And who’s he got as trainer guide? A sahib of sahibs, a gentleman, an India hand in wool deep-dyed, the sahibest sahib in all the clan. Yes, though young Jack is quite at sea, he is not left to wander free.

No, India’s Imperial Police, keeper of King-Emperor’s peace, provides as shepherd, ward and watch, one Mr Guthrie,  ‘F.H.R.’ or ‘R.H.F.’ or ‘H.F.R.’ By those initials (placed hotch-potch as often as the right way round) he’s called by all. And he is sound.

So watch Jack as he bells the cat.

Let’s eavesdrop on the master’s teaching, which Guthrie Sahib describes as ‘chat’. Teaching? Well, perhaps it’s preaching. So, see him there spoonfeeding Jack, pipe in mouth, chair tilted back. A man of forty, not much more, blue-eyed, lean, hard to the core, red-armed, red-legged, in shorts and shirt, thick yellow hair on both, a pelt. Across his chest his Sam Browne belt. And nowhere any spot of dirt.

That’s Guthrie Sahib, called F.H.R., who prides himself on seeing far.

We’ve found them in the police daftar, Jack newly here, no lessons read, now learning not from his Papa but from this quasi-Dad instead. Guthrie’s now parentis loco, saying what’s ‘done’ and what is no go. ‘You’ve been out riding? Excellent, lad. Keep fit, keep fit. Or you’ll go bad.

By saying bad don’t think I mean you’ll lose your tone, or lose your zest. I mean that soon – don’t think I jest – you’ll take to drink, or find you’ve been eyeing black bints with evil thoughts. Worse, letting John T. escape your shorts.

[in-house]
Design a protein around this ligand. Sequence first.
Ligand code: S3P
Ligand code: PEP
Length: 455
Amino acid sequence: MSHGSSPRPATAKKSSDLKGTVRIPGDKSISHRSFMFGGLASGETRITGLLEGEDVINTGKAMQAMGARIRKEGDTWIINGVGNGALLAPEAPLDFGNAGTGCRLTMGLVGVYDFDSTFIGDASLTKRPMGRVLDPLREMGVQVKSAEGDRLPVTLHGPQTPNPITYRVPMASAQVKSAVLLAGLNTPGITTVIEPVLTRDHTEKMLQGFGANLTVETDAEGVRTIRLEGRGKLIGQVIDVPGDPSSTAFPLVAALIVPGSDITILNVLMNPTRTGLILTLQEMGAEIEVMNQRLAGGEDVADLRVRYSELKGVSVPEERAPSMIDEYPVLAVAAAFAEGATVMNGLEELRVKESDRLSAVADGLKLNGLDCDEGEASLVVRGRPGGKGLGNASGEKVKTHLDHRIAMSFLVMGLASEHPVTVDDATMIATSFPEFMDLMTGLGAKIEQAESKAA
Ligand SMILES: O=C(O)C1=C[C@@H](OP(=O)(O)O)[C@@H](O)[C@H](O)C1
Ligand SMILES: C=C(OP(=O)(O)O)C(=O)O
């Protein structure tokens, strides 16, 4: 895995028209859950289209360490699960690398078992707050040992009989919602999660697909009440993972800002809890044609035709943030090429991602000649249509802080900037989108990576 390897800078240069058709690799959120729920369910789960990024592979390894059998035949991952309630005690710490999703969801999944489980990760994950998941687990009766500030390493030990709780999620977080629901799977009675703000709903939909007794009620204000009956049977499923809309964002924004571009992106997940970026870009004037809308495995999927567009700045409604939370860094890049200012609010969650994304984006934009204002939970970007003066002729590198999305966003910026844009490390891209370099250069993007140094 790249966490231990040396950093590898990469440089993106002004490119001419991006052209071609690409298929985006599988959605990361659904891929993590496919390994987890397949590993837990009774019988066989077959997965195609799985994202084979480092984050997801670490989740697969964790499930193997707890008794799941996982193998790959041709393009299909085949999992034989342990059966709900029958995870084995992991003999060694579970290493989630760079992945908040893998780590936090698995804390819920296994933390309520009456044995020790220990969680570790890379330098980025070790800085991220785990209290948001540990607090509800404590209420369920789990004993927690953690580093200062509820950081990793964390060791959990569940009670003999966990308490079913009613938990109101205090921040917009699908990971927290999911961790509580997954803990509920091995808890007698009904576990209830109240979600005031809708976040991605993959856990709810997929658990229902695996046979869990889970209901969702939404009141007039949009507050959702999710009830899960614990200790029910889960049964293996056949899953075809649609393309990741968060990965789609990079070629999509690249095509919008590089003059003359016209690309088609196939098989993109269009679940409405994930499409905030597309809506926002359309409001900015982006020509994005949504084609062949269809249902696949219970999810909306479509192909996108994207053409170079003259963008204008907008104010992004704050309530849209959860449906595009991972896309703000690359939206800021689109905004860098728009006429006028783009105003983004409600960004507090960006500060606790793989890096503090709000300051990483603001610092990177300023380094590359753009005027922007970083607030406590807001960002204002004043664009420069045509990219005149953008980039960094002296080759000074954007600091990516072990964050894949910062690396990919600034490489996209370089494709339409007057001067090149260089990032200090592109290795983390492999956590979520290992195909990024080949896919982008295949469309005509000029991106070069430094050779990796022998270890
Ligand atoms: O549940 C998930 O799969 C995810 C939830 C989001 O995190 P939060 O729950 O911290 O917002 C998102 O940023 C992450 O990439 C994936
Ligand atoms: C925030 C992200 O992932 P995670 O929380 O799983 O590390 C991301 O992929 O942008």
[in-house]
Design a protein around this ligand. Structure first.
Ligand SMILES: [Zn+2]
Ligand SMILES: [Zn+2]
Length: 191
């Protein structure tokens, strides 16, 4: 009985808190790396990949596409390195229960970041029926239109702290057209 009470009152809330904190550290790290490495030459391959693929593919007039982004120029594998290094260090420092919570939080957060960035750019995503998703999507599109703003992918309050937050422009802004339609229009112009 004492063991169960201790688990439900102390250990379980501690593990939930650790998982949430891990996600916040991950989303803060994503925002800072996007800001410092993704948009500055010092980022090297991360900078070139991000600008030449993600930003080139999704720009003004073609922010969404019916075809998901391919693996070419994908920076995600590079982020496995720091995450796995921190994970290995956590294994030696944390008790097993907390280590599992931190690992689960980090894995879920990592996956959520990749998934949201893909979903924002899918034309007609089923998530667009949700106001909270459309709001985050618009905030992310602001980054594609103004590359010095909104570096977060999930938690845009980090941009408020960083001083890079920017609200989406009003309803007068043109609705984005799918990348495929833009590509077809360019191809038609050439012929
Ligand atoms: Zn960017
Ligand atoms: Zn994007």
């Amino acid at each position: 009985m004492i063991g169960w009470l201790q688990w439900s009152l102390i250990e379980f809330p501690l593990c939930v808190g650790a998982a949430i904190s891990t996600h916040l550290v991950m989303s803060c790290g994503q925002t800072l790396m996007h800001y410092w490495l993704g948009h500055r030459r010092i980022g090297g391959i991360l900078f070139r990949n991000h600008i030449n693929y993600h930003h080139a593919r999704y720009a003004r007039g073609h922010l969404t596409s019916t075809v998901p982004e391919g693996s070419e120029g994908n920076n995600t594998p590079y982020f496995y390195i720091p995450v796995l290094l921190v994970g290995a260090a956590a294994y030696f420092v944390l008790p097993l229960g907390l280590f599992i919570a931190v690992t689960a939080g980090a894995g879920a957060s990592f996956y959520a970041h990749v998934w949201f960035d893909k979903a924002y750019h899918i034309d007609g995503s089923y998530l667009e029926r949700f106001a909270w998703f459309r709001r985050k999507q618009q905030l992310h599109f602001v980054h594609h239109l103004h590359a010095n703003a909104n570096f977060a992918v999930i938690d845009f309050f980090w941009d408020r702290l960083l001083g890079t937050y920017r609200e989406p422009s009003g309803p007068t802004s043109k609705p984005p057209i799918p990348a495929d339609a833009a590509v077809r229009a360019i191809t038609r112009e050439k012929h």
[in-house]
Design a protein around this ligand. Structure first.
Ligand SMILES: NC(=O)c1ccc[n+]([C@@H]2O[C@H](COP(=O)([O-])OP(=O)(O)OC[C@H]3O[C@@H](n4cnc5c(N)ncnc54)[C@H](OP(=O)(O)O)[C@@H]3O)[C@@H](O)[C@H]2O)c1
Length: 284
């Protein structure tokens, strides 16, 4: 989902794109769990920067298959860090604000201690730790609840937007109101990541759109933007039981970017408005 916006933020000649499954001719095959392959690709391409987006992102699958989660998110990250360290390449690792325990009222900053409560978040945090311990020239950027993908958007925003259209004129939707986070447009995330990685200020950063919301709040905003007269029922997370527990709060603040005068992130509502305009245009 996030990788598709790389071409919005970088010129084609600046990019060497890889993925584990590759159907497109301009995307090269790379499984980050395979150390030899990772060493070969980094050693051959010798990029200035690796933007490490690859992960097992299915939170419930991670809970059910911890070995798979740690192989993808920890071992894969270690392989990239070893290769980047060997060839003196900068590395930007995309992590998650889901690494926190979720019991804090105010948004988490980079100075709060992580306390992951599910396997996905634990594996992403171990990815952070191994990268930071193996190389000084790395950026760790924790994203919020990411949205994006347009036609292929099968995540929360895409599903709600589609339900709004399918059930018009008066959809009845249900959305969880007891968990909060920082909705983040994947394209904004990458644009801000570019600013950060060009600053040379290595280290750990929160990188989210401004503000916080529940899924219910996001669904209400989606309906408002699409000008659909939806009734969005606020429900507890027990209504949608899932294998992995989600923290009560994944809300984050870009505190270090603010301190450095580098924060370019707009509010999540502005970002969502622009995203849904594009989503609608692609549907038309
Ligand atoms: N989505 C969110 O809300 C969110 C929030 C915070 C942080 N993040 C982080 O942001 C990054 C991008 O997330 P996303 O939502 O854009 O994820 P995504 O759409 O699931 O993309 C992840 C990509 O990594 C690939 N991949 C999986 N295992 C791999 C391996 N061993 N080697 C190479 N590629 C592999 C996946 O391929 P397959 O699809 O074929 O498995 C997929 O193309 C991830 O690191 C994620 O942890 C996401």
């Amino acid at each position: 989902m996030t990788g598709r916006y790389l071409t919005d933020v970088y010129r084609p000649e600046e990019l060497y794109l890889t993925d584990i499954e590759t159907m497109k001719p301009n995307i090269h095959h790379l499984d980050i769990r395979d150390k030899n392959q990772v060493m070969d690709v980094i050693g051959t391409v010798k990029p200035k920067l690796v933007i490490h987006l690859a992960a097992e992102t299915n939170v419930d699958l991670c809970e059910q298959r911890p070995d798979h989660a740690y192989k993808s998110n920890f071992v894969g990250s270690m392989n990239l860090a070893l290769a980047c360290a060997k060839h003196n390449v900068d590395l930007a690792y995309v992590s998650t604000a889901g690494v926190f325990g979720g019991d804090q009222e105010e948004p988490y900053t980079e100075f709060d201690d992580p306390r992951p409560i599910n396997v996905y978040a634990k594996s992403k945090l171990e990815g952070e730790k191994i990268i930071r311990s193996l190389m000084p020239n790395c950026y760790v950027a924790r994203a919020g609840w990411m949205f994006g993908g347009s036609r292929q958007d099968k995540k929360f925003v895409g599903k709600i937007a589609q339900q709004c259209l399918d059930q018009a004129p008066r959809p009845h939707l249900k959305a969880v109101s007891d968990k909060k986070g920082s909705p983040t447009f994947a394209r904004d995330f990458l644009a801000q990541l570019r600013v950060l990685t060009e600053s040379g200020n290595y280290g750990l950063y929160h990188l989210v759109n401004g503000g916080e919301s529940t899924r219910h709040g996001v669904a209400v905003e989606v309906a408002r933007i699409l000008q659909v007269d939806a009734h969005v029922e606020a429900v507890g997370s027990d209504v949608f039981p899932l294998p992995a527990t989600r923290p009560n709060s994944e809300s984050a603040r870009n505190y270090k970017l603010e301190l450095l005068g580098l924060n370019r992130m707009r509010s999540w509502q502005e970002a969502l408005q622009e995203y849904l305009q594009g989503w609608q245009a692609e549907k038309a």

Talking of that, of, you know, sex, don’t think that every lady here – just as well to clear the decks – always wears, well, her underwear. Most, of course, are pukka mems, jewels in the Crown, just perfect gems. But, listen, lad, yet don’t repeat it, if Milly beckons, smile – and beat it. Milly Marchbanks, widow lady, should have gone Home when old Mike died. But you be warned: she’s pretty  shady, a shady lady, now untied from marriage bonds, if ever heeded. Ask me, lad, a spanking’s needed.’

Guthrie stops short. He’s said too much. He coughs, looks down, picks up a file. ‘Excuse me, lad, if like a  Dutch uncle I go on.’ A smile.

‘But I’ll be frank. There was last year a boy like you and stationed here, not in the Police, but Forestry.

And into Milly’s claws, well, he fell. Or jumped. I don’t know which. Milly the Man-eater, her claws are hid, but eat that boy was what she did. A suicide. Hushed up. The bitch still lives, with no regrets. That’s her.

I could say more, but – but, well, – er .

Word to the wise, eh, my son John? ‘nough said. Now, first things  first.

Your topee. Out-of-doors without that on – and sunstroke. Yes, with that we’re cursed. Of course, the natives never wear them, or just a cloth. But the sun don’t scare ’em. They’re different from us. Remember, Jack: we are White and they are  Black.